Posts Tagged ‘Tim Duncan


San Antonio Spurs: Is the Dynasty’s Window to Win Closing?


In my opinion, the San Antonio Spurs are a dynasty. By winning four titles within the last eleven years, the Spurs should be considered among the elite franchises of all-time. Their four championships rank them 4th behind the Celtics, Lakers, and Bulls. The one constant on all 4 championship teams is future Hall of Famer Tim Duncan. The Spurs were good during the mid 90’s with stars like former MVP David Robinson and Sean Elliot. In the ’96-’97 season, Robinson was injured and played in only 6 games while the team finished with one of the worst records in the league at 20-62. The Spurs were stuck in NBA no man’s land of being good but not great.

The Spurs should be the model for the old adage,”You must get real bad before you can get real good.” Because of their bad record, they secured the #1 pick in the ’97 draft, in which they selected Tim Duncan out of Wake Forest University. The rest became history, since the Spurs paired Duncan with Robinson, forming a modern version of the “Twin Towers”, and won the franchises’ first title in only Duncan’s 2nd season in 1999.

Fast forward ten seasons to ’09-’10, and the Spurs could be considered the model franchise in the NBA because of the management’s willingness to surround their superstar(Duncan) with high talent role players through either free agency or the draft. San Antonio is once again one of the favorites to win another title because they went out and spent to acquire Richard Jefferson to add to an already tremendous nucleus.

But, one look at the ages of their “Big Three” reveals that San Antonio’s “window of opportunity” to win is closing. Duncan will turn 34 by season’s end. Ginobili, who has had injury problems is 32. Parker, although younger will be 28 at season’s end, has recently also had injury issues. The newly acquired Jefferson, at 29, has also had injuries and played 82 games in only 3 of his 8 seasons. It appears that management recognizes this has chosen to try and win now…………….again.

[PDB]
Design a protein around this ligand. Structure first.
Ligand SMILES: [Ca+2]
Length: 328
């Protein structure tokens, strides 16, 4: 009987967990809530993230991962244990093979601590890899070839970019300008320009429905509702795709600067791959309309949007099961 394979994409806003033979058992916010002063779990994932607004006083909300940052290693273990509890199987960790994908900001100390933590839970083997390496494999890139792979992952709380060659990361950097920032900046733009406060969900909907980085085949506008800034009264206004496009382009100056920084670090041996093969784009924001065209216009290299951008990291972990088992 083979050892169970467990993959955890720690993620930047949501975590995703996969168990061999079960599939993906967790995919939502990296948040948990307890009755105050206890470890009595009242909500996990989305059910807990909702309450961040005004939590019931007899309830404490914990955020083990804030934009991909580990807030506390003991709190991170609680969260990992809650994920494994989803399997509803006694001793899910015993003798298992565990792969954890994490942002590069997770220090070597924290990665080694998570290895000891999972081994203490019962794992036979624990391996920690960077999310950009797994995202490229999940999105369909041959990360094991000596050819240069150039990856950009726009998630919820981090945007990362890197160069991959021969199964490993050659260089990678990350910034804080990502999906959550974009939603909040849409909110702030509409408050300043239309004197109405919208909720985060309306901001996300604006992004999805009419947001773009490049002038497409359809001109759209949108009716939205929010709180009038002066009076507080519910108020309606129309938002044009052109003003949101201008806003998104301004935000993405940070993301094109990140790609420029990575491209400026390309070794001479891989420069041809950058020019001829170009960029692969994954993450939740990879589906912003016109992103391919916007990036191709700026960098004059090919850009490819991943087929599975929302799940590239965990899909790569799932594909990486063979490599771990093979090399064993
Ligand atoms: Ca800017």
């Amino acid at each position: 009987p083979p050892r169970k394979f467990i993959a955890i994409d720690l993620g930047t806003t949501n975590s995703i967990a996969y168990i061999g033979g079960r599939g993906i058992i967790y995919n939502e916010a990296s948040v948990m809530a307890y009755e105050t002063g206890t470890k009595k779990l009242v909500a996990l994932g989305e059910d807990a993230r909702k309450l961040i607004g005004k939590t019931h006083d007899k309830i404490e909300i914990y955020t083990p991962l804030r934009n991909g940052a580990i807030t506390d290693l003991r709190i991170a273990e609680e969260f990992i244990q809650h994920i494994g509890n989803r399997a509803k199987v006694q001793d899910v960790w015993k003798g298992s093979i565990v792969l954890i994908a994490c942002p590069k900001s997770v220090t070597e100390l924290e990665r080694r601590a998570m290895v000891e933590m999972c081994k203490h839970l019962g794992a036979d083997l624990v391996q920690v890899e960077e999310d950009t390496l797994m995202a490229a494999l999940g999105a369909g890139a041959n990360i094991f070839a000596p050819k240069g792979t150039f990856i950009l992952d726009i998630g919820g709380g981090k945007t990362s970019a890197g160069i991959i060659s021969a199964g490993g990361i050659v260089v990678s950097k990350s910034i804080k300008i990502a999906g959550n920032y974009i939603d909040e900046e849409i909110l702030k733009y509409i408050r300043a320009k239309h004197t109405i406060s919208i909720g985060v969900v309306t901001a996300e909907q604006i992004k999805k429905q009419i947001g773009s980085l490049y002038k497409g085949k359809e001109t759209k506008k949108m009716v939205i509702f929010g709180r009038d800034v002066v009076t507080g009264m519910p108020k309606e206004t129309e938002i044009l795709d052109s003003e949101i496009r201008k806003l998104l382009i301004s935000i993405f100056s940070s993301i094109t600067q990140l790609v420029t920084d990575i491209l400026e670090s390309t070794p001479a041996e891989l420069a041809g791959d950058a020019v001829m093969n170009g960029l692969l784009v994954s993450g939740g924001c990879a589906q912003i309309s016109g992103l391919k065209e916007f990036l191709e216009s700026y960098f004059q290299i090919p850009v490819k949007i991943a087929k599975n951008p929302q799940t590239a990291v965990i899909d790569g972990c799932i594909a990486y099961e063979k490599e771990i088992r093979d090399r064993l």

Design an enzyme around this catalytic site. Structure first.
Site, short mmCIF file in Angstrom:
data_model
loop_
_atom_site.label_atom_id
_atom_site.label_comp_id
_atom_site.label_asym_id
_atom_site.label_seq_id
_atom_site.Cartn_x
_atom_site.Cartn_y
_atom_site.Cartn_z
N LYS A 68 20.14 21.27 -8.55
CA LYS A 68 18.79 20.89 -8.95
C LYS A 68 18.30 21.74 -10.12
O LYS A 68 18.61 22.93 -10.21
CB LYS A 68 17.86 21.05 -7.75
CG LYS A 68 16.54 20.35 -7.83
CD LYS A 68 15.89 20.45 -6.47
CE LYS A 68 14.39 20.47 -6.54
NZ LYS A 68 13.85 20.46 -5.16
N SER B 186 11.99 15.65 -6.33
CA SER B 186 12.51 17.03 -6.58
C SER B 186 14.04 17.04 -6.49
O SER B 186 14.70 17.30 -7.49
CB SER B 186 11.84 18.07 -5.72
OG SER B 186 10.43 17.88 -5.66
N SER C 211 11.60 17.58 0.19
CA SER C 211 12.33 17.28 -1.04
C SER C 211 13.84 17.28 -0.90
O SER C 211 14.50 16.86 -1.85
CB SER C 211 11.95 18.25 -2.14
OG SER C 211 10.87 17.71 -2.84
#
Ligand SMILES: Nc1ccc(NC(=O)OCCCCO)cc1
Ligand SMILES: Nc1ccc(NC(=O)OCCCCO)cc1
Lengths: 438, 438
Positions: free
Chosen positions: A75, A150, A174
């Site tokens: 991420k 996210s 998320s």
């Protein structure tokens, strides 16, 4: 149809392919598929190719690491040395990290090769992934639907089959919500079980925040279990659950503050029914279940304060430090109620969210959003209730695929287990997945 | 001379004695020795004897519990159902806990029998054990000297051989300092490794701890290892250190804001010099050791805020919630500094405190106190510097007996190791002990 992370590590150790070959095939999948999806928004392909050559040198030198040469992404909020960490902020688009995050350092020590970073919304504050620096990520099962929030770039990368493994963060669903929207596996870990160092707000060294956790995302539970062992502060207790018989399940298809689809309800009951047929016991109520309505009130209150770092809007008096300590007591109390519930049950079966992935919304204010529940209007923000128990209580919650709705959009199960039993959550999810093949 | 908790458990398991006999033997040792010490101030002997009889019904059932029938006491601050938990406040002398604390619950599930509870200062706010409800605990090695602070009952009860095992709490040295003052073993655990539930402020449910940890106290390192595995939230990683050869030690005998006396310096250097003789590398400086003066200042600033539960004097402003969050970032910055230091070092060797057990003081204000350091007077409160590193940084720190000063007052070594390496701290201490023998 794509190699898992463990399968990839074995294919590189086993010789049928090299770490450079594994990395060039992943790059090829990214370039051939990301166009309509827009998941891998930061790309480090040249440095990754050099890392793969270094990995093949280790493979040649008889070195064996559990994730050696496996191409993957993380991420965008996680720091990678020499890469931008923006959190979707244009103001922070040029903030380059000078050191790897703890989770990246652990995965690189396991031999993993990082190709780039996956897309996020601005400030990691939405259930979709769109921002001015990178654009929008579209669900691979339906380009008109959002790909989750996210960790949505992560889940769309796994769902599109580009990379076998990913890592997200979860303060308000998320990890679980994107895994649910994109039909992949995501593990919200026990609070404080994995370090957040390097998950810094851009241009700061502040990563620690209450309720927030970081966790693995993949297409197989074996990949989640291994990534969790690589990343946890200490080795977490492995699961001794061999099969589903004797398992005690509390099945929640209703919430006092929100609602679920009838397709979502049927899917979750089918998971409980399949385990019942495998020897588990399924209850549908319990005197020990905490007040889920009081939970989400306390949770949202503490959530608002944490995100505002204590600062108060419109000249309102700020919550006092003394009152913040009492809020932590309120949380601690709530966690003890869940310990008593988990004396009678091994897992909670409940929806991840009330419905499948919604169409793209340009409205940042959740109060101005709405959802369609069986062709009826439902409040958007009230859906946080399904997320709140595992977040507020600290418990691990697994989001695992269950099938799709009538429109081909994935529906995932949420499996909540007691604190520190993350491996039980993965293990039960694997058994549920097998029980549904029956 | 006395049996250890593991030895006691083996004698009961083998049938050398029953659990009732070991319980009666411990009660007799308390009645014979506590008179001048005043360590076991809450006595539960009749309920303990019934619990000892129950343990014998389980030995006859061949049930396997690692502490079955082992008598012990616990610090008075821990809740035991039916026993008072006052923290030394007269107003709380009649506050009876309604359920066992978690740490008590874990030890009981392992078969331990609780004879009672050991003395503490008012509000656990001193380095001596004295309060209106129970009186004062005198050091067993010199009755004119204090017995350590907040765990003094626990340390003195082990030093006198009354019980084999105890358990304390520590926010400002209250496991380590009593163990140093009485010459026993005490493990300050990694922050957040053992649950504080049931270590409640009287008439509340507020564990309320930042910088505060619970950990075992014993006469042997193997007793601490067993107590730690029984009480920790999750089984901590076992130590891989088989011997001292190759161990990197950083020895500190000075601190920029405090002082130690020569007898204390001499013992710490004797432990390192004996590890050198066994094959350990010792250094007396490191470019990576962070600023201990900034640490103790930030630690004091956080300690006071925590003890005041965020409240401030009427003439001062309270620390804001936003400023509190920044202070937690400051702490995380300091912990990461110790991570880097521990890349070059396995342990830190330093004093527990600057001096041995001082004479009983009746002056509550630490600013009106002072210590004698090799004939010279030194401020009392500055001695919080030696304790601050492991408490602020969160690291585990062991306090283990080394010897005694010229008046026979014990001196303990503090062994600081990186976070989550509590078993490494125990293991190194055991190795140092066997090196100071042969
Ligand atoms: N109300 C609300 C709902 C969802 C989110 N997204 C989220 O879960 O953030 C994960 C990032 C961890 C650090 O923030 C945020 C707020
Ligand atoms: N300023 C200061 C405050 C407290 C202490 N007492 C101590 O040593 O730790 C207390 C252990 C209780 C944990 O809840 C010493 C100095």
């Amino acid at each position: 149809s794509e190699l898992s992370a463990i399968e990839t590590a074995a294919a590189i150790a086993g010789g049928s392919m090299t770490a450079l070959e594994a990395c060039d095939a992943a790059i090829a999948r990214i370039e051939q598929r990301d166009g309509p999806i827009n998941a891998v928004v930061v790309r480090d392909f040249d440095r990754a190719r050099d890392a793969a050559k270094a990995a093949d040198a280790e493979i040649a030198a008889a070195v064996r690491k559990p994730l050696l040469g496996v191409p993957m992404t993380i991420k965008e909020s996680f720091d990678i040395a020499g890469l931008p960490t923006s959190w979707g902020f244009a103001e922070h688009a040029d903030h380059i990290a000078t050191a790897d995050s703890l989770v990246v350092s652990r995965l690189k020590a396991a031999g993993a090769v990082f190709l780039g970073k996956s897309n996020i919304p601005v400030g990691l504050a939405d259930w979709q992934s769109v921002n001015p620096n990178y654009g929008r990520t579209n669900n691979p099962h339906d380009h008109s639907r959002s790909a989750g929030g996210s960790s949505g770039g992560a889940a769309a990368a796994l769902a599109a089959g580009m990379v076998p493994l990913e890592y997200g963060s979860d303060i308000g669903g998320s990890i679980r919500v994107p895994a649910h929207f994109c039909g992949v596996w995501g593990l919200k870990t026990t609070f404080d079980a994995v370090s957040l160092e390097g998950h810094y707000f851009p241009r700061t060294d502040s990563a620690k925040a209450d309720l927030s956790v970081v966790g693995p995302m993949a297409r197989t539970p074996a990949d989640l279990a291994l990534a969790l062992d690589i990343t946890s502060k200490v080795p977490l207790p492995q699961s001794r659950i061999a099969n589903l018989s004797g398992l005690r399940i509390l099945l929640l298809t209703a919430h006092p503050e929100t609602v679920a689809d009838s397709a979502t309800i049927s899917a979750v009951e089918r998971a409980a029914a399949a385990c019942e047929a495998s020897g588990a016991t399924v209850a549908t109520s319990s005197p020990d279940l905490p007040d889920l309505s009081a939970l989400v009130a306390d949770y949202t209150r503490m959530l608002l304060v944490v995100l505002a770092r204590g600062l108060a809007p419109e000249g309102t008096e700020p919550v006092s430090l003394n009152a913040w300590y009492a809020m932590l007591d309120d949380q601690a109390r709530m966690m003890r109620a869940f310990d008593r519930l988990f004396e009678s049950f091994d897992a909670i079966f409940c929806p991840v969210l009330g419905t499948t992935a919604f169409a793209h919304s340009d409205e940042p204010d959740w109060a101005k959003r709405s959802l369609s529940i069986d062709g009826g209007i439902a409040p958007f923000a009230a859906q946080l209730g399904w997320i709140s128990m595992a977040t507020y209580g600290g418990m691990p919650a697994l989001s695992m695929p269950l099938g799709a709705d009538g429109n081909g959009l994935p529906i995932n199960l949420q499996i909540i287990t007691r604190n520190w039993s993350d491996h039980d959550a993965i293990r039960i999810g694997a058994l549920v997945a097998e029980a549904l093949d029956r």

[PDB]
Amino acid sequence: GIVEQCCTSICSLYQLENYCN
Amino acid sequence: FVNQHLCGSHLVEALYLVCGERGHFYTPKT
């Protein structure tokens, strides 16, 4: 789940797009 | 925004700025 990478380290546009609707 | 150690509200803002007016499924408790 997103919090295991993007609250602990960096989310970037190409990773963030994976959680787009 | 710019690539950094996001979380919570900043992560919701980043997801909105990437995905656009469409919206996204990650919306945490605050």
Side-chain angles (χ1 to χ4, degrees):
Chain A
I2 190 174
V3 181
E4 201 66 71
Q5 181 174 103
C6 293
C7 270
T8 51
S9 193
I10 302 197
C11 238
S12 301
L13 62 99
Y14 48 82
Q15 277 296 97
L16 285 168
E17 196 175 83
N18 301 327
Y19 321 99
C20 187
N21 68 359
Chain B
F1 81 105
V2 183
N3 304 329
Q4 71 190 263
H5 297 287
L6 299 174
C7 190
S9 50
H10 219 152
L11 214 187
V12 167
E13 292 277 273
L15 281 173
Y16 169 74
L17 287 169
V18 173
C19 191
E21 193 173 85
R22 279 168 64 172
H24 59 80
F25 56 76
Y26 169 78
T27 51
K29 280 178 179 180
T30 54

While Parker, Ginobili, and Jefferson are good players, they would be hard pressed to carry a franchise to another title without their 2 time league MVP, Duncan. While Duncan has been relatively healthy, one has to wonder when the pounding of playing 900 games over 12 NBA seasons will take it’s toll on the 11 time All-Star’s ageing knees.

A knowledgeable Spurs fan knows to savor every minute that Duncan is on the court since replacing TD with another player of his character, stature, and abilities is maybe once in 20 years occurance.

David robinson with trophy


The Greatest NBA Champions Since 1980-#9 – ’05 Spurs

#9 – 2005 San Antonio Spurs


With this season’s NBA Finals behind us, I decided to take a look back and rank the greatest NBA Championship teams in the modern era(post 1980). This will be a ten part series with a new entry each week. Which teams had the most dominating seasons and playoff runs in the last 30 years? How would they stack up against each other? Which teams had the most Hall of Fame players or coaches? The rankings were limited to two teams per franchise in the top ten. Let the debate begin.